by Billy DeFrain
What makes us hold on to some music from our youth, while sheepishly discarding the remainders? It’s difficult to articulate what makes some music still seem relevant or pleasurable after years, or decades, of repeated listening. Of course, nostalgia is part, if not all, of the appeal, but why do I still like Sloan’s Navy Blues 10 years after being introduced to it by a complete stranger, while very few people know that the first CD I ever bought was Sting’s Demolition Man Soundtrack, circa 1993?
Surely it’s at least partly the music itself. The Demolition Man soundtrack is: 1) undeniably crappy in retrospect and; 2) inextricably and forever linked to 1993. But Navy Blues is so heavily indebted to pre-psychedelic Beatles and pre-shitty Kinks that, even though it sounds older, it’s more detached for me from any specific calendar year or era of my youth. Also, I can listen to Navy Blues without crinnging constantly.
Fun fact: I held on to that one long after I stopped listening to it, because I was too embarrassed to take it to Homer’s to sell it along with my Collective Soul and Sheryl Crow CDs from my pre-adolescent music buying days.
The Antlers | Burst Apart | Frenchkiss Records
Full album is streaming here:
Africa Hitech | 93 Million Miles | Warp
I don’t understand the British obsession with club music, but then I also don’t understand going to clubs, or really, going out.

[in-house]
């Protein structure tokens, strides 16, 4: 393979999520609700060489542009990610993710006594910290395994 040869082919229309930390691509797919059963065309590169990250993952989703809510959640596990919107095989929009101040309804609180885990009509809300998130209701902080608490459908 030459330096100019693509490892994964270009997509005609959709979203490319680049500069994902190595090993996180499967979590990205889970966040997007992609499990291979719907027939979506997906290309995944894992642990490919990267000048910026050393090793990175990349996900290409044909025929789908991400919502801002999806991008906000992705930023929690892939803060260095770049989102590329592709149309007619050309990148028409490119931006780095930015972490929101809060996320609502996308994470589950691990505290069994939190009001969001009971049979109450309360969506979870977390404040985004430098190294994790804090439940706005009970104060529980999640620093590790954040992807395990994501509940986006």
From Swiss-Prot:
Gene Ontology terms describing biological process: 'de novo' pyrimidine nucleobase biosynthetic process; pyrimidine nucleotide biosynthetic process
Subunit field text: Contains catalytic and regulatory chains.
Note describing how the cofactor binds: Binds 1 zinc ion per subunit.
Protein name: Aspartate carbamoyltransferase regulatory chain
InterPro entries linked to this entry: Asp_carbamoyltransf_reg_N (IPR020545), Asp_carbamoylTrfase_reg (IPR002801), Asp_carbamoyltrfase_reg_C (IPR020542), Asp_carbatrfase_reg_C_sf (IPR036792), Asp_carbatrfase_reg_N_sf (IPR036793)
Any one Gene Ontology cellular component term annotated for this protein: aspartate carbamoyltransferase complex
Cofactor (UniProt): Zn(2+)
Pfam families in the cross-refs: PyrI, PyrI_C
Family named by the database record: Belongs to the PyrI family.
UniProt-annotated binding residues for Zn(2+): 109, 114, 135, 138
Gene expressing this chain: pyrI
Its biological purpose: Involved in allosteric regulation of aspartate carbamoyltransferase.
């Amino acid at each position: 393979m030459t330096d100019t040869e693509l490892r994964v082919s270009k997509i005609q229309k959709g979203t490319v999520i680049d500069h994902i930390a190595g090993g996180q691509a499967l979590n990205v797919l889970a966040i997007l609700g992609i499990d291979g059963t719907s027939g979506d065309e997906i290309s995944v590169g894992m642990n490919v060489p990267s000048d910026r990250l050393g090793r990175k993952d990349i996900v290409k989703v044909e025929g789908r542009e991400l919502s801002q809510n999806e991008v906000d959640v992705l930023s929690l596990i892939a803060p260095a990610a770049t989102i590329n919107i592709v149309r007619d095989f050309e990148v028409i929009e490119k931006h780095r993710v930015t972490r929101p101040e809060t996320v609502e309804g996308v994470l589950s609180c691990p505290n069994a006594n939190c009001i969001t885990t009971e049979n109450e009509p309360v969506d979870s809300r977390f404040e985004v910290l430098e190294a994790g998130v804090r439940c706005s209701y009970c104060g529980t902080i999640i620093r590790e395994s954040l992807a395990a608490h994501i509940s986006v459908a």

And One | Tanzomat | Metropolis Records
Hey, I have an excuse to post the ridiculous video for “Sex Drive” again!!!!!!!!!!!!!!!!
Anvil | Juggernaut of Justice | The End
Anvil from Anvil: The Story of Anvil have a new album.
Black Label Society | The Song Remains Not the Same | E One
Ozzy Osbourne’s former touring guitarist makes an album of Alice in Chains-y yowling, grunge tropes and gooey ballads.
Blue October | Ugly Side: An Acoustic Evening with Blue October | Paris on Paper
People actually went to this concert, and you can hear them cheering.
Booker T & The MGs | McLemore Avenue | Stax
The old Stax house band covers about half of Abbey Road and some other Beatles tracks in this remastered reissue from 1970.
Connie Smith | Queen of Broken Smith | American Legends
This is basically Connie Smith re-recording her own greatest hits, which is unfortunate, because the original “Once a Day” is a flawless country jam:
Gardens | (s/t) | Alive Records
Hate Eternal | Phoenix Amongst the Ashes | Metal Blade
If you had to guess, would you guess … METAL?
Here We Go Magic |The January EP I Secretly Canadian
Joan of Arc | Life Like I Polyvinyl
I liked Cap’n Jazz better.
Man Man | Life Fantastic I Epitaph
I think they listen to a lot of Tom Waits.
Okkervil River | I Am Very Far | Jagjaguwar
Less bluegrassy than they used to be. Full stream here.
Sloan | The Double Cross | Yep Roc
These Canadians have been making gimmickless, unabashed power-pop for like 20 years. From the clips, it sounds most like 1998’s Navy Blues than a most of their albums since. Which is a good thing. Everybody should listen to Navy Blues.
Yep Roc disabled embedding on Sloan's videos, but you can watch them here and here.
The Lonely Island | Turtleneck & Chain | Universal Republic
It’s hard to make comedy music that doesn’t totally suck. Lonely Island does it pretty well.
Urge Overkill | Rock & Roll Submarine | UO Records
My first experience with Urge Overkill was a topic of Wesley Willis’ song, “Urge Overkill.” I could not find that song on YouTube.
Various Artists | Wicked 4 Kids | Water Music Kids
Start training your child to be an insufferable Theater major right this very minute. Also, taken out of context, this is easily the creepiest album name yet discovered in New Releases.
Various Artists | Mamma Mia! 4 Kids | Water Music Kids